There are a number of ways you can dual boot Windows and Linux. Both Operating Systems can be on the same hard disk, or they can be on separate disks. You can use one of the Linux boot loaders (Lilo or GRUB) or you can use the Windows boot loader to control the boot process. These different procedures are described in detail below.
Important: There is a bug in the way Linux 2.6.x kernel versions (for example, Fedora Core 2, Mandrake 10.0, SuSe Pro 9.1) write the MBR that may leave your Windows partition inaccessible . The problem stems from the different ways in which Linux and Windows writes the disk geometry to the partition table and is manifested when the Linux installation partitioning tools update the partition table after creating the Linux partitions during the installation process.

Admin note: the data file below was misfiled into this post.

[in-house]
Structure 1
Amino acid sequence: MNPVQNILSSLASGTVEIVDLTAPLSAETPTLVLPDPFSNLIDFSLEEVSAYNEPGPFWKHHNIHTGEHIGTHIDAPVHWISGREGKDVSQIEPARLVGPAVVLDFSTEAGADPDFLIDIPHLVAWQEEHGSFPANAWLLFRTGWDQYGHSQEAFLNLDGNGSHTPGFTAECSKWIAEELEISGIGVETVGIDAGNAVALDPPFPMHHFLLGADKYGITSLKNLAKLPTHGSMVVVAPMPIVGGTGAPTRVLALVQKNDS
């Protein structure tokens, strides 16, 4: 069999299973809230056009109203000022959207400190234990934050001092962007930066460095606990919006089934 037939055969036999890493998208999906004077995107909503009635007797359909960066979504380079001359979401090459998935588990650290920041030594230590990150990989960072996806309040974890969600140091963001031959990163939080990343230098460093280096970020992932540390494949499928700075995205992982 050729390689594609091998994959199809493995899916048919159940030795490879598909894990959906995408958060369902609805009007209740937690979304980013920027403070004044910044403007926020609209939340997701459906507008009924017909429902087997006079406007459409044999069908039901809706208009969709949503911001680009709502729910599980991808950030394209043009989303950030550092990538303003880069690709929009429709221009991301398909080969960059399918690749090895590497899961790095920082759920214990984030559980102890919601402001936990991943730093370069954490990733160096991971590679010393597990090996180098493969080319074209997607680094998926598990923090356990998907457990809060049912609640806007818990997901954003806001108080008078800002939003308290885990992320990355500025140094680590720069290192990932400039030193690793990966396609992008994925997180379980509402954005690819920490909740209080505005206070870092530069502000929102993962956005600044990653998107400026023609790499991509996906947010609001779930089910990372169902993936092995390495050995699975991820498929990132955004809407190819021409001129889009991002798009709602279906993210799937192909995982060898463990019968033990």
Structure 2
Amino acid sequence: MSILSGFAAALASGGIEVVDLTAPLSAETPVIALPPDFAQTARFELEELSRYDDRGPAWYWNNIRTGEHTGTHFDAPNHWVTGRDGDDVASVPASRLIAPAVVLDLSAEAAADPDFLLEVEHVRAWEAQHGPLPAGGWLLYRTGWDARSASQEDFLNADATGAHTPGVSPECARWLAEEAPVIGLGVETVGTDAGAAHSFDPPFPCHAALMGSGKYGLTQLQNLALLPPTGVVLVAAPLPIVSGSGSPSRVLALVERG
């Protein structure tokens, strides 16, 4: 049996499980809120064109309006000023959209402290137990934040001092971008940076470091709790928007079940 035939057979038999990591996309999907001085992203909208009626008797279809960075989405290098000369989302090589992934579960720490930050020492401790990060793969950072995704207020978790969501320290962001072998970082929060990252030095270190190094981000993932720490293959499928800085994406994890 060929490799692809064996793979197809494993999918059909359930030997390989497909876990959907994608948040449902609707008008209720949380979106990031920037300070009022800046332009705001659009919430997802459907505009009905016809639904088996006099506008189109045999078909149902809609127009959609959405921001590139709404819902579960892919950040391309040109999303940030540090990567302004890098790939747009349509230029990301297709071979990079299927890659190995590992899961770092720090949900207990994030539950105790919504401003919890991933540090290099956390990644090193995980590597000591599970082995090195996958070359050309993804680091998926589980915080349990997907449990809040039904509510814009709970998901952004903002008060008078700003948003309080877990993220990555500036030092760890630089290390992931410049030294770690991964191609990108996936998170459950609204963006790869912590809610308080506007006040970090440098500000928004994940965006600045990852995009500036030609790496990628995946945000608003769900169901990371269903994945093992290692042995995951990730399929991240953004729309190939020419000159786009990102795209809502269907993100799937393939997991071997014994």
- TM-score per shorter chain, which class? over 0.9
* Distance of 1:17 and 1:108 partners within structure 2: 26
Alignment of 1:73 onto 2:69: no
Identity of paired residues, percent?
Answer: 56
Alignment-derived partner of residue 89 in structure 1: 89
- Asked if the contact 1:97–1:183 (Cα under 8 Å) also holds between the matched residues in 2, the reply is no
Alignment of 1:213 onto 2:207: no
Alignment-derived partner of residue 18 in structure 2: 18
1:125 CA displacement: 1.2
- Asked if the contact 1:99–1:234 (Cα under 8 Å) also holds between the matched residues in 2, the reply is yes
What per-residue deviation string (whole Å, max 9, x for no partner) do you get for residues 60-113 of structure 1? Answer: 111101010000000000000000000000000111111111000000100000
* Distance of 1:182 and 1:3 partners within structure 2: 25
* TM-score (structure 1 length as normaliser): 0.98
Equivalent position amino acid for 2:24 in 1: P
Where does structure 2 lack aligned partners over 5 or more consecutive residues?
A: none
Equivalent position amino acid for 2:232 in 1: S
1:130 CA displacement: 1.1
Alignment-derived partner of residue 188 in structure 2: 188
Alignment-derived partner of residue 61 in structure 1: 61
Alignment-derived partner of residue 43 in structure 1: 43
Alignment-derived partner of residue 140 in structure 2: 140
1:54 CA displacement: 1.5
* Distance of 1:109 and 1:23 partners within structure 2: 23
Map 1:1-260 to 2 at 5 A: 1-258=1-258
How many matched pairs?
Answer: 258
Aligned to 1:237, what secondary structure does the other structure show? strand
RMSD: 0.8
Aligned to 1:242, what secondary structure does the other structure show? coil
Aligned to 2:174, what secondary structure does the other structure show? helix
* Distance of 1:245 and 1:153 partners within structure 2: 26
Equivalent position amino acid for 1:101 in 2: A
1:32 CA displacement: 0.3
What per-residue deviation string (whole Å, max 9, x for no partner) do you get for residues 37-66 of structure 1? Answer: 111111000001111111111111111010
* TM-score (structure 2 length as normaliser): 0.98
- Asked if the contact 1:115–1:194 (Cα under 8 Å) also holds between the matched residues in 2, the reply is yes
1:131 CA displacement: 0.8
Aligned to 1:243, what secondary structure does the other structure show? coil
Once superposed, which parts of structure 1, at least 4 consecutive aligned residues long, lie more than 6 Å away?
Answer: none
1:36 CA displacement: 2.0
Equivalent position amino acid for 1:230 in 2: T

The original bug was reported for Fedora here. SuSe also has a page describing the problem here. About the best description of the bug I have seen to date, how to prevent it and how to recover from it are detailed here. The main issues and details on how to prevent the bug are summarized below.
You can establish the correct disk geometry by booting from the Fedora rescue CD and issuing the fdisk -l /dev/hda command as root:
# fdisk -l /dev/hda
Disk /dev/hda: 82.3 GB, 82348277760 bytes
255 heads, 63 sectors/track, 10011 cylinders
Units = cylinders of 16065 * 512 = 8225280 bytes
Then, boot the Linux installation CD and start the installation passing the C,H,S disk geometry to the installer with the following command (obviously you need to substitute your own values for C,H,S here) and proceed to set up your dual boot system according to your preferred method:
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